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Charlie Mitchell is the Executive Chef (and co-owner) of the Michelin-starred Clover Hill (@cloverhillbk).

For Charlie Mitchell, the path to being one of the top chefs in Brooklyn — itself one of the world's top food destinations — began in Detroit. Born and raised there, Charlie credits his grandmother with his passion for cooking. In 2016, at the urging of the chef he worked for at the time, he moved to New York City to pursue a career in it. And what a career, with jobs in the kitchens at Eleven Madison Park, One White Street and more. He has since been named a semifinalist for the James Beard Award: Emerging Chef, and is the city’s first (and only) Black Michelin-starred chef, as well as the second Black executive chef (a role which, in larger kitchens, often comes with more managerial responsibilities) in the country to receive the honor. He is now the Executive Chef at his own restaurant, Clover Hill, with his partners Clay Castillo and Gabriel Merino. It’s tucked into a cozy space in one of Brooklyn Heights’ well-maintained red brick buildings, and frequented by the neighborhood’s even better-maintained residents.

So, your grandma inspired you to cook: what was your favorite dish of hers?
My favorite was probably her sweet potato pie. It was fairly classic, but somehow hers always just tasted better.

Can you remember the first thing you ever cooked for yourself?
I used to cook for me and my mom when I was mad young. I can’t really say what I remember making for just myself, but I think the first thing I started cooking for us consistently was spaghetti and red sauce.

How did you end up making your way to New York?
I’m from Detroit. That’s where I got my foundation, but the chef I worked for [then] pushed all of us to go to a major city and work in larger restaurants if we wanted to take it seriously. I had a friend living in New York at the time, and they convinced me to come here instead of California. I fell in love with the city’s restaurant culture — how competitive it was, how good it was. People here are really dedicated to cooking as a profession and a craft.

Charlie and team work with classic, fine-dining precision, but have created a uniquely homey and inviting atmosphere at Clover Hill.

What’s your favorite spot to eat out at in the city?
Besides [Clover Hill]? Zou Zou’s, in Hudson Yards. It’s a Mediterranean place, very Manahttan-y, kind of business-y, but me and my fiancée go there almost once a month to get the Moroccan fried chicken, pita and dips.

The restaurant is on a side street in Brooklyn Heights, tucked into one of the neighborhood's charming red brick apartment buildings.

What does it mean to you to be New York’s first and only Black Michelin-starred chef?
[Laughs] Well, I mean…in short, it means a lot. I embrace it. Representation matters. It’s nice to open that door for other people behind me and give them something to look up to. That’s what I get out of it the most; it’s an honor and humbling and crazy that I inspire anybody. I’m like, “Who, me?” But, you know, I take it seriously, and I want to lead by example.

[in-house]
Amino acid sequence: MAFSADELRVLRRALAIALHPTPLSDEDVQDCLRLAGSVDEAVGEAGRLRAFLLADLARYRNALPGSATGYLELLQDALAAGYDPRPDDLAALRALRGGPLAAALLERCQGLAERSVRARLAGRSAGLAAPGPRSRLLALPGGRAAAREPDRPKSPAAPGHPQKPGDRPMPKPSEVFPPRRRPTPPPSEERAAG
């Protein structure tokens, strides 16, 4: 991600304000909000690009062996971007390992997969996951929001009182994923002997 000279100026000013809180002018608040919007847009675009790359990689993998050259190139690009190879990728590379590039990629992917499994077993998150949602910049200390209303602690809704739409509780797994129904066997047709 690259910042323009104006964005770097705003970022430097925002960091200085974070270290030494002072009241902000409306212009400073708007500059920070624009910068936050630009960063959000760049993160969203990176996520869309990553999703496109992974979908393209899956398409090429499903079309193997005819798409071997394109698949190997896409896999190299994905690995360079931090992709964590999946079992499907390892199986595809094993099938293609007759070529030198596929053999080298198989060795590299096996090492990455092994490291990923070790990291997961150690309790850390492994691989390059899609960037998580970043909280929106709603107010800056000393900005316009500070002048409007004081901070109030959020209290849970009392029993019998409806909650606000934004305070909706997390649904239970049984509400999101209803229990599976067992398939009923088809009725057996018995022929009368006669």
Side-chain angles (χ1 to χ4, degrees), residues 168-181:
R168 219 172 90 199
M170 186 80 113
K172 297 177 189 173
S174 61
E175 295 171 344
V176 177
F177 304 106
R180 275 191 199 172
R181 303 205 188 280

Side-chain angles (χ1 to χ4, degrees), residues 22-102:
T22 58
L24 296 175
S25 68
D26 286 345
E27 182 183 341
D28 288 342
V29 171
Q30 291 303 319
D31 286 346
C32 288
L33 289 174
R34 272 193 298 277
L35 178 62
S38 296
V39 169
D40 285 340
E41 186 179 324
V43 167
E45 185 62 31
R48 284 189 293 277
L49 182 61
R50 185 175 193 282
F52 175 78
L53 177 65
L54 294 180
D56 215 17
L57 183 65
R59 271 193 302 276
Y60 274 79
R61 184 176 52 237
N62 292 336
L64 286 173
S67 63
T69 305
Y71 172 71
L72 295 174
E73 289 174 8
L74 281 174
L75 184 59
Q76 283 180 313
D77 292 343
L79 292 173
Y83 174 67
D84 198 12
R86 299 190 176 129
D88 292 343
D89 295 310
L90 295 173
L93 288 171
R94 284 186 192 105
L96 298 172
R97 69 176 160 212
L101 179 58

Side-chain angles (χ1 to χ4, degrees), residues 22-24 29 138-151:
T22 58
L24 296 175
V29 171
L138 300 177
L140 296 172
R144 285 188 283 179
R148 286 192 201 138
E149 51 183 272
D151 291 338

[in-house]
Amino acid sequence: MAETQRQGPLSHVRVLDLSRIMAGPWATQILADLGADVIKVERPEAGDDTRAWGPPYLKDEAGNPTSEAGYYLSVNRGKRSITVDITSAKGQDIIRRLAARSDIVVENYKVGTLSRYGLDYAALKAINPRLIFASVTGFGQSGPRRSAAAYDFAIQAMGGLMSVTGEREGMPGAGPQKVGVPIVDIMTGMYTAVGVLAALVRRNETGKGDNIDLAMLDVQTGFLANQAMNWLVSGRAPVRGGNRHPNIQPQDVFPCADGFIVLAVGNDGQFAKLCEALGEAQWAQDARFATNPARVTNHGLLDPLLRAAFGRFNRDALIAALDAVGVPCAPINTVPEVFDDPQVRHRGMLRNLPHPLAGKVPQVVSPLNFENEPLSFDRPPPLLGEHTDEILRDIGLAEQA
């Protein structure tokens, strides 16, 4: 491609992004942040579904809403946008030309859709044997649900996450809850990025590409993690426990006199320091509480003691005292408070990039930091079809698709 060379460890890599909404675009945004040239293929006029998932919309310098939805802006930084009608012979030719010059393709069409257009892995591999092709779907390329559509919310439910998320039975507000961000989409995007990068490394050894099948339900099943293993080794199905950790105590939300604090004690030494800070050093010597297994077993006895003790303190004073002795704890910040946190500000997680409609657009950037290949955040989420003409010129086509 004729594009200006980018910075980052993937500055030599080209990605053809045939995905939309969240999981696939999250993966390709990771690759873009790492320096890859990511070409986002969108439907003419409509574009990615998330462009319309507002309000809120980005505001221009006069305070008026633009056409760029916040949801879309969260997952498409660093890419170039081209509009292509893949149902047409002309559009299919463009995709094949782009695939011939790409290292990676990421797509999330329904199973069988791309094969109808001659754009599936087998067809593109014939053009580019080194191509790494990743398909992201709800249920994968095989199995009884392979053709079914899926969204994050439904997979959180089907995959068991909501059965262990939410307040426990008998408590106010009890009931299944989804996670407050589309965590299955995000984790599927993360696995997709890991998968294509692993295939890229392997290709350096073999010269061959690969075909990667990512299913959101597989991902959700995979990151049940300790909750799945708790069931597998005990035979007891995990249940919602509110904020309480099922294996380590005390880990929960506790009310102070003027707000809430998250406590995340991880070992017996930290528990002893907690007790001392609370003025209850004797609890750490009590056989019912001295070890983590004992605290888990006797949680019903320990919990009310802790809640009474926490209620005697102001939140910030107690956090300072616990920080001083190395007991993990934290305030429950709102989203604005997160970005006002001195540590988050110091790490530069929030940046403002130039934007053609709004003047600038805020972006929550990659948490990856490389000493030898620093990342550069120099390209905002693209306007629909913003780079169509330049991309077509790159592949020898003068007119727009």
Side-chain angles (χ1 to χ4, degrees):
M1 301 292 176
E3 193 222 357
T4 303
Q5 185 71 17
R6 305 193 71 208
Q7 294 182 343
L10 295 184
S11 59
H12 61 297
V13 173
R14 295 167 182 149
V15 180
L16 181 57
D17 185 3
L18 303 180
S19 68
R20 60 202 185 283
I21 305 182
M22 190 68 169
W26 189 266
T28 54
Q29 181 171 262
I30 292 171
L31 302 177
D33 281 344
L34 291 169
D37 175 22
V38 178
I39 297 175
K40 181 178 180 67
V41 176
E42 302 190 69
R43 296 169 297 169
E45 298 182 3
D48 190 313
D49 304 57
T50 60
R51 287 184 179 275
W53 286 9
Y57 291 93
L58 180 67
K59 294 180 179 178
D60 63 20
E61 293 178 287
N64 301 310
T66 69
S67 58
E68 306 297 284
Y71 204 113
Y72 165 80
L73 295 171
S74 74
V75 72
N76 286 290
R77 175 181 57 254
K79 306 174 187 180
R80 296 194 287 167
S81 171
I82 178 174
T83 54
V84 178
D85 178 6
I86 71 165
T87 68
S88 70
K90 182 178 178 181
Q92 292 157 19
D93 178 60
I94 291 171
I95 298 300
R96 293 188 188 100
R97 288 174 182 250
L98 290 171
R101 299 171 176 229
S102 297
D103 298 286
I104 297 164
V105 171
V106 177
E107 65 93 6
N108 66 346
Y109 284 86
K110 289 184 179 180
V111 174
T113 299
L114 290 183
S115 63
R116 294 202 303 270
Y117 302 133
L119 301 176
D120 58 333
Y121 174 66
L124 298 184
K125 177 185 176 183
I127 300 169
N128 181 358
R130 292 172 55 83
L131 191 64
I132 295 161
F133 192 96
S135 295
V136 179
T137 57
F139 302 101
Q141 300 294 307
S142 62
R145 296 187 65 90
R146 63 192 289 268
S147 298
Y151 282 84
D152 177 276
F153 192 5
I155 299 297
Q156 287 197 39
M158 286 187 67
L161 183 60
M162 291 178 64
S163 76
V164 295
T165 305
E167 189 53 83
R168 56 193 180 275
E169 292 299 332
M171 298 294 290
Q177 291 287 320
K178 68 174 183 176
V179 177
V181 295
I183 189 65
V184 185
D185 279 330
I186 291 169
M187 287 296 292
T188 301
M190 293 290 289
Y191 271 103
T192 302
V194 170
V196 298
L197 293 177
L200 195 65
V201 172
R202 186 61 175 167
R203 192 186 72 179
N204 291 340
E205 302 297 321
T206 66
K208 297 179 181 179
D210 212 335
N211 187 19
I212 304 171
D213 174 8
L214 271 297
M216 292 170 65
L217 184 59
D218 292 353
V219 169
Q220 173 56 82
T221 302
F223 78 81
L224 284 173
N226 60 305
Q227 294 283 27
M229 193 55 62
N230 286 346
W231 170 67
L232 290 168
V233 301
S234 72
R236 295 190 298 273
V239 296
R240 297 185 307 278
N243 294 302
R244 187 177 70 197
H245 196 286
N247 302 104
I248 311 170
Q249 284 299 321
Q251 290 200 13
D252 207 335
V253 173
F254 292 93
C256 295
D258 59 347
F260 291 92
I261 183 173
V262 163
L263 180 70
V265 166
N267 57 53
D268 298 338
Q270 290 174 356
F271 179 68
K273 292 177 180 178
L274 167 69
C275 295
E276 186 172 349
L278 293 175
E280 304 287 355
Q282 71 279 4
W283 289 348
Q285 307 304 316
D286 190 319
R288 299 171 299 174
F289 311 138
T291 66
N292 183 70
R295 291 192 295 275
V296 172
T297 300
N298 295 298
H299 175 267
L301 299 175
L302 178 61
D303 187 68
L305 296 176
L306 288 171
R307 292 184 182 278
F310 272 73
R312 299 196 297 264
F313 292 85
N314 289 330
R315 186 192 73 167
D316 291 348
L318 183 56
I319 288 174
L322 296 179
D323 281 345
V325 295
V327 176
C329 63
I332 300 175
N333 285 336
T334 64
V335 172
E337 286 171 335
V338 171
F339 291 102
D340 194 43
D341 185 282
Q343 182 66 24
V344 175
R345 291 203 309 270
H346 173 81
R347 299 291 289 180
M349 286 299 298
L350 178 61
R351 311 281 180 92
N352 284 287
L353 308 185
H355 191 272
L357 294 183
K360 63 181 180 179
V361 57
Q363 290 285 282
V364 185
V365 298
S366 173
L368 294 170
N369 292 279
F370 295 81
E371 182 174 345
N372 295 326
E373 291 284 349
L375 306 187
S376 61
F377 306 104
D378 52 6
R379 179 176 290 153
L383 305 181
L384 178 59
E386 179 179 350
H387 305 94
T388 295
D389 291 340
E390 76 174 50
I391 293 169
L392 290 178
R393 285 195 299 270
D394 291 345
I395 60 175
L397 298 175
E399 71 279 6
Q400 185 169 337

How do you want people to feel when they eat at Clover Hill?
It’s meant for people to feel comfortable, to feel like they’re at home…we want it to feel like a fine dining experience from the perspective of the food, but relaxed and welcoming. A lot of fine dining makes you feel like you need to put on a suit, it’s quiet, you can’t talk or joke and laugh with your partner. We wanted the complete opposite…having a great meal and wine doesn’t need to be stuffy.

Is there a food trend you’d like to see retired?
When people were doing those caviar bumps in restaurants. I saw that and I was like, I hate the world [laughs]. That shit’s crazy. I hope that’s stopped.

How about fashion? Are there any fashion trends you follow (or explicitly disregard)?
Growing up, my mom used to dress me a lot. She’s a little old school, and always said you gotta match brands — if you had a Gucci belt, you needed Gucci shoes. I thought that made no sense, because what did it matter if the styles went together? So I’ll purposely always mix and match brands now.

What’s your #1 dinner party tip?
Bring good wine and make sure the food’s hot. People skip that, they try and cook too much, and when it’s finally time to eat the food’s gone cold.

Need an idea for the next time you’re hosting (or a lazy date night)? Try Charlie’s easy Roasted Salmon recipe, below.



1 large salmon fillet

Cure: 1 cup each salt and sugar (more or less depending on the size of your fillet)
3 limes

Herb Salsa Verde: 1 1/2 cups extra virgin olive oil
3/4 cups red wine vinegar
2 garlic cloves
Zest of 2 lemons
2 white anchovies
1 tbsp red chilli flakes
1/2 bunch basil
1/2 bunch parsley


  1. To make the cure, mix equal parts salt and sugar with the zest of three limes. Sprinkle it over the entire salmon fillet, and let sit for an hour. Rinse and pat dry with a paper towel, before setting aside on a lightly oiled baking sheet.
  2. To make the salsa, blend together all ingredients. Season to taste with salt.
  3. Preheat your oven to 225°F. Cook the salmon for 15-25 minutes, to your desired doneness. Plate the salmon and spoon the herb salsa verde on top to serve. This dish pairs well with roasted veggies, rice and even pasta.

Interviewed by Kate Andersen